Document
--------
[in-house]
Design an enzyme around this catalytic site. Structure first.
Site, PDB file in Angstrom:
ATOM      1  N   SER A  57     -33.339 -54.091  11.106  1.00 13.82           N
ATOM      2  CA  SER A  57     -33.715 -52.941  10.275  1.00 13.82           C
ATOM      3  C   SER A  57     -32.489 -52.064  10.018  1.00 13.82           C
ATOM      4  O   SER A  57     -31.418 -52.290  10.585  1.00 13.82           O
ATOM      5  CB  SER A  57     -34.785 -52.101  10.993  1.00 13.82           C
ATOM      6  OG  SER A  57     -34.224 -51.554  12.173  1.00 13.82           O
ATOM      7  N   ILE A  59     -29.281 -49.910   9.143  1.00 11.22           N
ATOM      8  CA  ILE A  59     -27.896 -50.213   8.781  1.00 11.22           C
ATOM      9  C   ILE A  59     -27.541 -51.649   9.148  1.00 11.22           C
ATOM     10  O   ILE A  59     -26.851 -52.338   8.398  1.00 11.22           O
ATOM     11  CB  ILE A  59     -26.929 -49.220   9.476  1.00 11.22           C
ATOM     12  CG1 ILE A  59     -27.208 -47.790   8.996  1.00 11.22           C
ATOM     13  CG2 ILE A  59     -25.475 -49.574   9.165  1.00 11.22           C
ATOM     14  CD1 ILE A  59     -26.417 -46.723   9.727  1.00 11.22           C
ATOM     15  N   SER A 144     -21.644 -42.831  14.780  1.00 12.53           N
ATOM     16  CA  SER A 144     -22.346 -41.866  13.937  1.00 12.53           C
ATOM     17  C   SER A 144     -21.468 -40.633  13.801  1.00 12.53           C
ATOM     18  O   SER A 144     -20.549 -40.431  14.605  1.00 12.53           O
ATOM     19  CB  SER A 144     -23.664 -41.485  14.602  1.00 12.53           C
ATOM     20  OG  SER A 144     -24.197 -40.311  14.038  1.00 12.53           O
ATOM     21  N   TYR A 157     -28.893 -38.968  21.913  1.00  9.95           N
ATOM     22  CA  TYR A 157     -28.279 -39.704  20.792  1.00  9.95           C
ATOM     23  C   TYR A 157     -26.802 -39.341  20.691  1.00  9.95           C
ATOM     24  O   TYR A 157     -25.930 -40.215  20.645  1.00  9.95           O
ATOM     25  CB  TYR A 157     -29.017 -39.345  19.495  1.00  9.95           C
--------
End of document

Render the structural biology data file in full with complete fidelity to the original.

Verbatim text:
[in-house]
Design an enzyme around this catalytic site. Structure first.
Site, PDB file in Angstrom:
ATOM      1  N   SER A  57     -33.339 -54.091  11.106  1.00 13.82           N
ATOM      2  CA  SER A  57     -33.715 -52.941  10.275  1.00 13.82           C
ATOM      3  C   SER A  57     -32.489 -52.064  10.018  1.00 13.82           C
ATOM      4  O   SER A  57     -31.418 -52.290  10.585  1.00 13.82           O
ATOM      5  CB  SER A  57     -34.785 -52.101  10.993  1.00 13.82           C
ATOM      6  OG  SER A  57     -34.224 -51.554  12.173  1.00 13.82           O
ATOM      7  N   ILE A  59     -29.281 -49.910   9.143  1.00 11.22           N
ATOM      8  CA  ILE A  59     -27.896 -50.213   8.781  1.00 11.22           C
ATOM      9  C   ILE A  59     -27.541 -51.649   9.148  1.00 11.22           C
ATOM     10  O   ILE A  59     -26.851 -52.338   8.398  1.00 11.22           O
ATOM     11  CB  ILE A  59     -26.929 -49.220   9.476  1.00 11.22           C
ATOM     12  CG1 ILE A  59     -27.208 -47.790   8.996  1.00 11.22           C
ATOM     13  CG2 ILE A  59     -25.475 -49.574   9.165  1.00 11.22           C
ATOM     14  CD1 ILE A  59     -26.417 -46.723   9.727  1.00 11.22           C
ATOM     15  N   SER A 144     -21.644 -42.831  14.780  1.00 12.53           N
ATOM     16  CA  SER A 144     -22.346 -41.866  13.937  1.00 12.53           C
ATOM     17  C   SER A 144     -21.468 -40.633  13.801  1.00 12.53           C
ATOM     18  O   SER A 144     -20.549 -40.431  14.605  1.00 12.53           O
ATOM     19  CB  SER A 144     -23.664 -41.485  14.602  1.00 12.53           C
ATOM     20  OG  SER A 144     -24.197 -40.311  14.038  1.00 12.53           O
ATOM     21  N   TYR A 157     -28.893 -38.968  21.913  1.00  9.95           N
ATOM     22  CA  TYR A 157     -28.279 -39.704  20.792  1.00  9.95           C
ATOM     23  C   TYR A 157     -26.802 -39.341  20.691  1.00  9.95           C
ATOM     24  O   TYR A 157     -25.930 -40.215  20.645  1.00  9.95           O
ATOM     25  CB  TYR A 157     -29.017 -39.345  19.495  1.00  9.95           C